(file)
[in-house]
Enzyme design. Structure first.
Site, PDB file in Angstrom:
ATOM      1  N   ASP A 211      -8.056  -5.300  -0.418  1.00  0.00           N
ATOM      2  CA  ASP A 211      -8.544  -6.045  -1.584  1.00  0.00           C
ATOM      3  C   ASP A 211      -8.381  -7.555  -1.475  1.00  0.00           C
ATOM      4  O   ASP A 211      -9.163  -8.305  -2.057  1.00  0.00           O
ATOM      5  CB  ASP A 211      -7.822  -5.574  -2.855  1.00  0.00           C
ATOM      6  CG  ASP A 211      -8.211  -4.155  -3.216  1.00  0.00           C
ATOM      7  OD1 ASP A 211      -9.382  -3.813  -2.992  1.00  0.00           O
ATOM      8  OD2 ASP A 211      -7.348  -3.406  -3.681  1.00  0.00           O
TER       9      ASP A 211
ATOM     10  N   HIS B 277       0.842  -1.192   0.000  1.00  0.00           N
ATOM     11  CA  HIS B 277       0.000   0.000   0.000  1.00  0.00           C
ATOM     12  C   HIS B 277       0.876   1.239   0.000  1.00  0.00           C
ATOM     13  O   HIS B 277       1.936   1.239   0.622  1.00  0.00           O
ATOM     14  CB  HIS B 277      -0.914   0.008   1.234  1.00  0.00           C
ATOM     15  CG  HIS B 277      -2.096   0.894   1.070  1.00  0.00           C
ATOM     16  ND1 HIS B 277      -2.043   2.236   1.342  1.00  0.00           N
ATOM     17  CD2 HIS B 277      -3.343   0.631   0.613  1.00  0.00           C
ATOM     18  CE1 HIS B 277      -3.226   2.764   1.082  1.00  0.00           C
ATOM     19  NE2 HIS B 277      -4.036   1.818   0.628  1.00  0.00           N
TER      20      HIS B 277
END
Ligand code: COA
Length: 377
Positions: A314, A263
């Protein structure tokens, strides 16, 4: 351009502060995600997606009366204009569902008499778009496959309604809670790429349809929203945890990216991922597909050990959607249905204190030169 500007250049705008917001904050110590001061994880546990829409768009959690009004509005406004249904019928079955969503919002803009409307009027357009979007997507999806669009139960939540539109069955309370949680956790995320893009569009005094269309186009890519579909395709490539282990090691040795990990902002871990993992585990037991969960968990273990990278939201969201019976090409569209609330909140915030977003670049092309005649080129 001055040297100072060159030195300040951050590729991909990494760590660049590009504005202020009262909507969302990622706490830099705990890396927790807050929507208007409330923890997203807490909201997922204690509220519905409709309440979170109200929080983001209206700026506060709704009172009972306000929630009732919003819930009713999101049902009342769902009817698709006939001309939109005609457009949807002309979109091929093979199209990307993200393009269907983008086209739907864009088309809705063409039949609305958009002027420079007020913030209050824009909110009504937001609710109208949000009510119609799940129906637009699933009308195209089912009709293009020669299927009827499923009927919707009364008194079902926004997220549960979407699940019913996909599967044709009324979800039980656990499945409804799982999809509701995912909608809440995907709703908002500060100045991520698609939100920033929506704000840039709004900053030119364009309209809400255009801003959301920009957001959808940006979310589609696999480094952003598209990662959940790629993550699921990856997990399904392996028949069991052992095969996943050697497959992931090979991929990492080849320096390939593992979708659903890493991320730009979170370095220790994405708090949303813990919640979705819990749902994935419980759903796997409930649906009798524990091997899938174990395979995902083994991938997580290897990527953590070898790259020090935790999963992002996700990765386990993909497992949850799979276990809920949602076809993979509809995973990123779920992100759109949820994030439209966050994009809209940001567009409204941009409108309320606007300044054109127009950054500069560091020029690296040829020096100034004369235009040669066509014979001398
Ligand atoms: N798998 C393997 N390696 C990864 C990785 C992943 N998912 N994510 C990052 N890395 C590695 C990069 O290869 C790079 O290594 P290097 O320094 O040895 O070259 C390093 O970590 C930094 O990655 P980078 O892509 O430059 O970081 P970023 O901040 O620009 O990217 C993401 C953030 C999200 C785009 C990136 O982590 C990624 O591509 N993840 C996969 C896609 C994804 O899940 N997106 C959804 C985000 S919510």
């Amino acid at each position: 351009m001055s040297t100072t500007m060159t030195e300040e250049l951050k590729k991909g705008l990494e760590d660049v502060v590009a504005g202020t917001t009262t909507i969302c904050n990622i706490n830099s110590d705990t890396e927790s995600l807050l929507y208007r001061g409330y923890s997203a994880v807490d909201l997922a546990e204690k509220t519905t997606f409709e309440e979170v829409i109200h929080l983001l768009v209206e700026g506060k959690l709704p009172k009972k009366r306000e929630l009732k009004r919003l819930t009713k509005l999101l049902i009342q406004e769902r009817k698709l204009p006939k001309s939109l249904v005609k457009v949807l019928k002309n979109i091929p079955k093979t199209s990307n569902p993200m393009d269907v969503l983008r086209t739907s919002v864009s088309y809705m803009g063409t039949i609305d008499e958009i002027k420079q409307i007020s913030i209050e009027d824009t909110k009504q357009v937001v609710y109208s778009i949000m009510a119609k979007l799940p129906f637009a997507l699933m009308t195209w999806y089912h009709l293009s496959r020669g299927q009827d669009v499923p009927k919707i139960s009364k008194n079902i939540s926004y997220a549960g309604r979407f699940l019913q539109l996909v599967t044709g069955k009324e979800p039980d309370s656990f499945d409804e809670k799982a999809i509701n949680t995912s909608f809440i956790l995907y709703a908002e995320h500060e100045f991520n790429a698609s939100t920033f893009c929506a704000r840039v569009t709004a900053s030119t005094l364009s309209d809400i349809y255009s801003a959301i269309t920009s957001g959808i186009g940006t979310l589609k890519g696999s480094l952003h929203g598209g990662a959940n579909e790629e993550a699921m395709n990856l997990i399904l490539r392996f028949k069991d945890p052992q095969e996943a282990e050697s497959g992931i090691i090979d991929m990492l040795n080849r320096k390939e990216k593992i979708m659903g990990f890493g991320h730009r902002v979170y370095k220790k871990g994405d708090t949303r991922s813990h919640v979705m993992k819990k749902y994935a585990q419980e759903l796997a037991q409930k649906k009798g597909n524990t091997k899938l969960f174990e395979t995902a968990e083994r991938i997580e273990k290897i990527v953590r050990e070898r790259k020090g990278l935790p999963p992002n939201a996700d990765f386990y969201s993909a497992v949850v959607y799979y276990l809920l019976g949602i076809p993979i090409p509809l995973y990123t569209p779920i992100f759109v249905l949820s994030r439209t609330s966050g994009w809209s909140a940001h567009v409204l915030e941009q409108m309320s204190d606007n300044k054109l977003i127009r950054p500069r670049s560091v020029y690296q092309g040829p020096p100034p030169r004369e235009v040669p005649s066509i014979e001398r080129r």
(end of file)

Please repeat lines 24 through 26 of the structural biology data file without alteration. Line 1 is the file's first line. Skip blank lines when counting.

END
Ligand code: COA
Length: 377